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  • Writer's pictureGary Holpin

10 ingredients of great landscape photos part 7 - embrace simplicity

Updated: Jul 20, 2023

Welcome to the latest installment of my new series where I introduce you to my guide to 'The ten ingredients of great landscape photos'. I hope that over this series I will be able to bring you some insight on how you can learn from my experiences and take some practical steps to improve your landscape photography.

Did you miss the previous editions of this series? If so, you can find them here:

The chart below summarises what I believe to be the ten main ingredients that go into making a great landscape photo. In this edition, we look at the importance of the power of simplicity in creating powerful landscape images..

A model for taking great landscape photos, by Devon photographer Gary Holpin Photography
Ten ingredients of great landscape photos

When it comes to landscapes, less is definitely more

Simplicity is a common thread through most great landscape photos, and learning to 'see' simple compositions within in the complex world around us is a key skill to develop as a landscape photographer. The reason that simplicity is so important, is that it helps you to construct a visual journey for the viewer (a topic that we will be covering in part 9 of this series of newsletters). As well as the possibility of 'finding' simple compositions in the natural world, it is also possible to create simplicity through the use of shallow depth of field (blurring parts of the image) and long exposure (to blur the detail on bodies of water).


Start by reducing clutter - keep your edges clean!

One of the easiest places to start is to make sure that you are not introducing unnecessary clutter (the opposite of simplicity) into your photos; what you choose to exclude from your photo can be almost as important as what you choose to include.

As an example, I often see perfectly good images spoiled by a lack of attention to the edges of the photo. It's a simple fact that things on the edge of a photo grab the eye, especially objects sticking into the frame (such as a branch or a person's arm). In simple terms, if the viewer's eye is drawn immediately to the edge of the frame, then you may have lost their attention for good.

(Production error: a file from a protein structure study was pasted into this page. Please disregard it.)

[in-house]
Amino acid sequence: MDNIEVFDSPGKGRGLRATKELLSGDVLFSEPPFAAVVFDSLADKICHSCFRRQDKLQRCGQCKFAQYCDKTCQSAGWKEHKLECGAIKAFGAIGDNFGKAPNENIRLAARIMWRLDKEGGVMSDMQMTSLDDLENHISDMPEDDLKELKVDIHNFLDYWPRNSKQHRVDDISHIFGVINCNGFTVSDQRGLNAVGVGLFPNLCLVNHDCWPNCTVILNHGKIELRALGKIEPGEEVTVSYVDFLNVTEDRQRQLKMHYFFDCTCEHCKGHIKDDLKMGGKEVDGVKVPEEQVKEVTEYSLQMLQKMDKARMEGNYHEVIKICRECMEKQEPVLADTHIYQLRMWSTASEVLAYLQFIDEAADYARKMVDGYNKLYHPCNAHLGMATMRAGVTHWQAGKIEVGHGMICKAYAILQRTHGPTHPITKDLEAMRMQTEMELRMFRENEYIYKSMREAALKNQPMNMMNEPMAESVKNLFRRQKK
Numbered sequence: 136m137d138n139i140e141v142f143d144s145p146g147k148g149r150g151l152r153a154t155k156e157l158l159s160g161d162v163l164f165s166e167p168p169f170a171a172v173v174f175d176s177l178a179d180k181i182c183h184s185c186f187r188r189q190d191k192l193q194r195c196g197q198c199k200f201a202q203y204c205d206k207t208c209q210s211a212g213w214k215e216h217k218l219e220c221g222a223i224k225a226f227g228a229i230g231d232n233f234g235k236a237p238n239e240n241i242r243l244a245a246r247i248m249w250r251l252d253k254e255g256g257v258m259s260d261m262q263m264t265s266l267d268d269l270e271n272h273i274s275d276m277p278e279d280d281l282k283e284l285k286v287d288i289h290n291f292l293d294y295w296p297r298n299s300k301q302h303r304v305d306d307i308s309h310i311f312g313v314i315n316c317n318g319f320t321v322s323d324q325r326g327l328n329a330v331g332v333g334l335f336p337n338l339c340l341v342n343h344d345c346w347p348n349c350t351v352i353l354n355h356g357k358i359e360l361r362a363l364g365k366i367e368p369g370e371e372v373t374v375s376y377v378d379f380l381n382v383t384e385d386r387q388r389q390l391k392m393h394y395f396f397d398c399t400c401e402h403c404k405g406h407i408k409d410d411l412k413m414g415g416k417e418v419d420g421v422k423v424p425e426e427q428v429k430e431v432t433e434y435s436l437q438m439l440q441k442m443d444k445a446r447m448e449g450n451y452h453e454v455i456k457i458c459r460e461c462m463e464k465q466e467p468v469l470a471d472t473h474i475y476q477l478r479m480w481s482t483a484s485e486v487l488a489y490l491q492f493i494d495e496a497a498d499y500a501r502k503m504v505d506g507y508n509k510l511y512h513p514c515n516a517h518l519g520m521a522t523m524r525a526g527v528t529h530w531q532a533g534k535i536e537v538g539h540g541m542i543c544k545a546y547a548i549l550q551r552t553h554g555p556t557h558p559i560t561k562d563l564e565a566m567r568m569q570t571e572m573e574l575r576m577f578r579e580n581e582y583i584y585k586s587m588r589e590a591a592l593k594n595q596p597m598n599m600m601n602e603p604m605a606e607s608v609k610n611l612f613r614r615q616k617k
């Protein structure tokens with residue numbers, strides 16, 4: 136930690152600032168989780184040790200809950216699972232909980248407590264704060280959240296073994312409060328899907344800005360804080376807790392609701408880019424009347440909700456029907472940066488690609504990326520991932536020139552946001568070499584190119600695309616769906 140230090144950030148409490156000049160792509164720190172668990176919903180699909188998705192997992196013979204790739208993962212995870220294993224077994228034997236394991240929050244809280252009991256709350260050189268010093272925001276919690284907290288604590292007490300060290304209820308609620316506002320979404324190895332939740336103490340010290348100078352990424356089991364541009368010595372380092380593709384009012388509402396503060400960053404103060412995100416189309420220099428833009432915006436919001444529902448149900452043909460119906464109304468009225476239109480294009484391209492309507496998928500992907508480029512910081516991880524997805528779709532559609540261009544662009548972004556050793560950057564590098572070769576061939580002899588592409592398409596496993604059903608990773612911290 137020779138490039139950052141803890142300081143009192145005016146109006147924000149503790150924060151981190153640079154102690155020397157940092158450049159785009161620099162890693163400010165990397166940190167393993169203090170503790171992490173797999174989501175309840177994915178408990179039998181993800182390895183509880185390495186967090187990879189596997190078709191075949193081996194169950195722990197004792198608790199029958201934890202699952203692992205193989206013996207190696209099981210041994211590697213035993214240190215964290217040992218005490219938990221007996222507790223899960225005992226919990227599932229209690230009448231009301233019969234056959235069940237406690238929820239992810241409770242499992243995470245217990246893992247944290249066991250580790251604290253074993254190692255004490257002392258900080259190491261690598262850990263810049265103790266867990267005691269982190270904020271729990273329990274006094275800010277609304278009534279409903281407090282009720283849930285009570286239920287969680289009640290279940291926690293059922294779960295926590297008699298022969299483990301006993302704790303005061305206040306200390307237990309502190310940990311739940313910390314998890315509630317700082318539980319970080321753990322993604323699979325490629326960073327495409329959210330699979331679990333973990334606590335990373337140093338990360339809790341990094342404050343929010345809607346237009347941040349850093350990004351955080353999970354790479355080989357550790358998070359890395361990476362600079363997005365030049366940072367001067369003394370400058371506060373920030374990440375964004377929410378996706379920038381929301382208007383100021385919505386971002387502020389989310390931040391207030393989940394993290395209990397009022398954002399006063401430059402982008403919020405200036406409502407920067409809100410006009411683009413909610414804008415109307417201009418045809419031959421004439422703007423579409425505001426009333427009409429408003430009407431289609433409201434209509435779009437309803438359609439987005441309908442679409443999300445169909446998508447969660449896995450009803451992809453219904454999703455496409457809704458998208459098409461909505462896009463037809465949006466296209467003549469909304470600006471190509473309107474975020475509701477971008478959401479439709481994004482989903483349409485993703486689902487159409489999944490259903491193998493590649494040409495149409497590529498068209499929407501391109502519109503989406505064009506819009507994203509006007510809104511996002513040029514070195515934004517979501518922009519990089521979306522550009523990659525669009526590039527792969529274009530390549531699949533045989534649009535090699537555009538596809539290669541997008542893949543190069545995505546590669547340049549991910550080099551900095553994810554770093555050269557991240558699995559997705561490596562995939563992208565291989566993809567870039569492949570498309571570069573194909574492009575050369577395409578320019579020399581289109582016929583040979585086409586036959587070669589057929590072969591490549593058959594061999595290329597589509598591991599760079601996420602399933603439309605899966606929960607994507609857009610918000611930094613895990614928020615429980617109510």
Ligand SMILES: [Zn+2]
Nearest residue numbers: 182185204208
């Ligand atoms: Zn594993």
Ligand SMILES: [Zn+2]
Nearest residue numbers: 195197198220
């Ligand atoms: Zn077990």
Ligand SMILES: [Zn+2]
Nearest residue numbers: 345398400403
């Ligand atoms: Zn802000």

So, the last thing I do when I am composing a photo is to check the edges for potential distractions before clicking the shutter. Usually, simply changing your point of view (using your feet and moving) or zooming in a little can be enough to remove potential distractions from the edge of the frame.


Learn to find simplicity in the World around you

In order to explain the challenge of finding simplicity, we will look at one of the most challenging situations; taking photos in woodland. Taking great photos in woodland is one of the most demanding challenges for a landscape photographer; woodlands are highly cluttered with lots going on, and finding simple compositions which can create a great photo and a visual journey (rather than just a 'snap') can be very challenging.

The simple problem is, where do you want the viewer to look? If there are lots of trees as well as lots of ground clutter, there is no obvious way of creating a visual journey for the viewer; the challenge to the landscape photographer is to try and create one. There are a number of tips and tricks that I use:

  • Find a strong focal point (see my earlier blog on focal points) as although this doesn't physically simplify the scene, it can at least draw the viewers eye away from the clutter around it. The focal point might be a single tree in leaf surrounded by the rest which have yet to sprout them, or a particularly distinctive broad leaf tree in amongst a woodland of conifers.

  • Go on a foggy day! Fog is great for woodland photography because it immediately simplifies the scene. You can find an interesting foreground and focal point, and the background is automatically simplified by being lost in the mist.